Hpa-an to Kyaikto 127km
Kyaikto to Bago 94km
So much is happening in this country of such intensity, I'm unsure how to write about in a flowing manner, so I'm just going to list some of the stuff that has lept up and hit me.
I am greatly saddened by the death of my friend, Francisco in Thailand, side swiped by a pickup truck. He was an amazing man, following his dream with passion. He and his family have been on my mind a lot the last two days, and I am being extra vigilant as the traffic gets heavier. I can't imagine the gap his death will leave, and I do not want to put my family and friends through such an event. RIP my friend.
But on to other things....
Most of the big bridges here in Burma seem to have a toll, but I haven't had to pay, I just get waved through. They also have security, soldiers, armed, sitting in concrete bunkers, or near sandbagging fox holes.
There are also a lot of young folk standing outside Pagodas, rattling begging bowls, looking for donations from motorists. Often the rattling is accompanied by one of them singing prayers on a loud speaker system, not unlike Indonesia, but for a different religion.
Lots of the locals chew some sort of nut, that produces lots of red spital. You need to be very careful where you walk or bike, because if the chewer doesn't see you coming, you might be covered it vast quantities of red saliva, as they spit it all out. The streets are covered in red, blood like stains.
The juice also gives the chewer red lips. It looks like lipstick. Also, many, males and females, cover their face with a yellow herbal cream, to protect themselves from the sun. They sometimes just smear it on, which makes them look jaundice, but often they draw patterns on their face....Burmese fashion. It's a little disconcerting when a guy, with "make up" and "lipstick", comes up to me and wants to hold my hand, and stroke my sunbleached hairy arms. I'm unsure that I will get used to it.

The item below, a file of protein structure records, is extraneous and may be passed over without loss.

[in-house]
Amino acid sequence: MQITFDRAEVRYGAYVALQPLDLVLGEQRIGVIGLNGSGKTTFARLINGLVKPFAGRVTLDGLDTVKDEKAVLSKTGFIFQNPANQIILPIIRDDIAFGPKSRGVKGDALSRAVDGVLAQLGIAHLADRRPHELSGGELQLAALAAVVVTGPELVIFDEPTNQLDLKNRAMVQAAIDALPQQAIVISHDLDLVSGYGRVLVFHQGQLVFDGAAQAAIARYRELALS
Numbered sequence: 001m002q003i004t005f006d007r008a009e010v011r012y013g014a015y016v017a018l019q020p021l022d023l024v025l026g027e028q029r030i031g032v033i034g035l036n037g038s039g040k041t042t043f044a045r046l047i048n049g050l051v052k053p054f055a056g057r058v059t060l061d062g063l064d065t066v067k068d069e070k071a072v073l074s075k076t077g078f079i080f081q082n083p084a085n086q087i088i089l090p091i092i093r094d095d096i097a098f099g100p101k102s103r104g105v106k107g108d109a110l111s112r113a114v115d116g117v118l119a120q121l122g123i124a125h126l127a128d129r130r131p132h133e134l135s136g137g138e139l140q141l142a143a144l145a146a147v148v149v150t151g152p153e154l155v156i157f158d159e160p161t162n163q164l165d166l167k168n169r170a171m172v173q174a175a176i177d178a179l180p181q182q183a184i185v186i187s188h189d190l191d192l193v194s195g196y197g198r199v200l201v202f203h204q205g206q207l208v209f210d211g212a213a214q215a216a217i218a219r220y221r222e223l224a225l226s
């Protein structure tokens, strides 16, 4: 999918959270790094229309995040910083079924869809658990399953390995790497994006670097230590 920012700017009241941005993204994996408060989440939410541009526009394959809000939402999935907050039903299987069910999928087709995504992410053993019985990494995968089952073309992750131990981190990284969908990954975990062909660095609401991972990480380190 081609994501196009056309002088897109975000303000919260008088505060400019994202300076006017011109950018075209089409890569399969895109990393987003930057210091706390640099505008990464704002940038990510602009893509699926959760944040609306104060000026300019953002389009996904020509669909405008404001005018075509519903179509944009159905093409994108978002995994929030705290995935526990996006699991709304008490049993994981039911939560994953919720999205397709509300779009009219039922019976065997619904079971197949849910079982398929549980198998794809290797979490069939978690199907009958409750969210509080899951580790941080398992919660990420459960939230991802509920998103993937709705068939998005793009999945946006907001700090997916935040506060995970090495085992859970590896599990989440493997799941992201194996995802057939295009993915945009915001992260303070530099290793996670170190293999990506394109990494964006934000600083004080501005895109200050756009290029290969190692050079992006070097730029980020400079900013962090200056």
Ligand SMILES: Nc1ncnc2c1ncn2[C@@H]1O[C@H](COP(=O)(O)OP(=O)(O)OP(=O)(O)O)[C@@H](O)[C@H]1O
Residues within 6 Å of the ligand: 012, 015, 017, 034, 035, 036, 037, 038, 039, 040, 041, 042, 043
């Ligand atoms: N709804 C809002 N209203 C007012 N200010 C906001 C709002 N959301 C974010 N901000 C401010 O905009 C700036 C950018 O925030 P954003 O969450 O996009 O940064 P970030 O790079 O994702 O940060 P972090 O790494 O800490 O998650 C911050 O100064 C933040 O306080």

I stopped for a break in the shade of a tree outside an army base today, the 14th Infantry. A soldier came towards me, saluted, and shook my hand. He was in jandles, his epuletes were flapping, and his shirt was hanging out at the back. He was on sentry and road crossing duty. Very chatty, but wasn't keen for me to take a photo. Never mind, reinforcements were on the way. Some hours later I saw a convoy of Armed Troop Carriers, stuck in a roadworks traffic jam. Seems these vehicles have to be moving to stay functionable. Several had their bonnets up, having overheated in the queues.
I saw a monk, on a decorated throne, on the back of a truck, in the middle of another, very noisy, convoy, today. Lots of music, horn tooting, singing.Didn't recognize him as the Dahli Llama, but must have been important. Also, for the first time, I'm seeing nuns. They wear pink robes, have their hair shaved off, and all look very young.
Men wearing skirts is starting to make sense. It's very hot, and I'm suspecting a skirt is reasonably cool. Also I've noticed, unintentionally, that they don't wear undies, so the breeze flows. This also allows them to squat at the roadside to pee, not unlike a certain famous All Black.
The other night, while sitting on a riverbank watching a sunset, we noticed many locals doing the same....oh no they're not......they're throwing their trash in the river. Yep Myanmar has the same old Asian problem....what to do with trash. It's very noticeable, especially at lookouts, shrines and other places that you would hope might be sacred enough to keep trash free. Oh dear.
Some of you may remember a photo of Juliet in Vietnam, sitting on a baby chair. Well here in Burma, the chairs are even lower. I feel like my knees are around my ears, I can't imagine how my mates like Graham Allan and Rod Ell would cope.
Not all is equal in Myanmar. Foreigners are only allowed to stay at designated Guesthouses. We are not allowed to be hosted by locals, nor camp. Thus last night, there were cyclist from France, Switzerland, and a couple from Taupo ( who know Graeme Shaw), at the same lodging. Nice catching up with them all, and exchanging notes and stories over a meal. Today, we've all gone separate ways.
Tomorrow, into the big city. I've heard the traffic is manic. Even out here in a small town it is intense. I will be taking it all very carefully. Catch ya soon.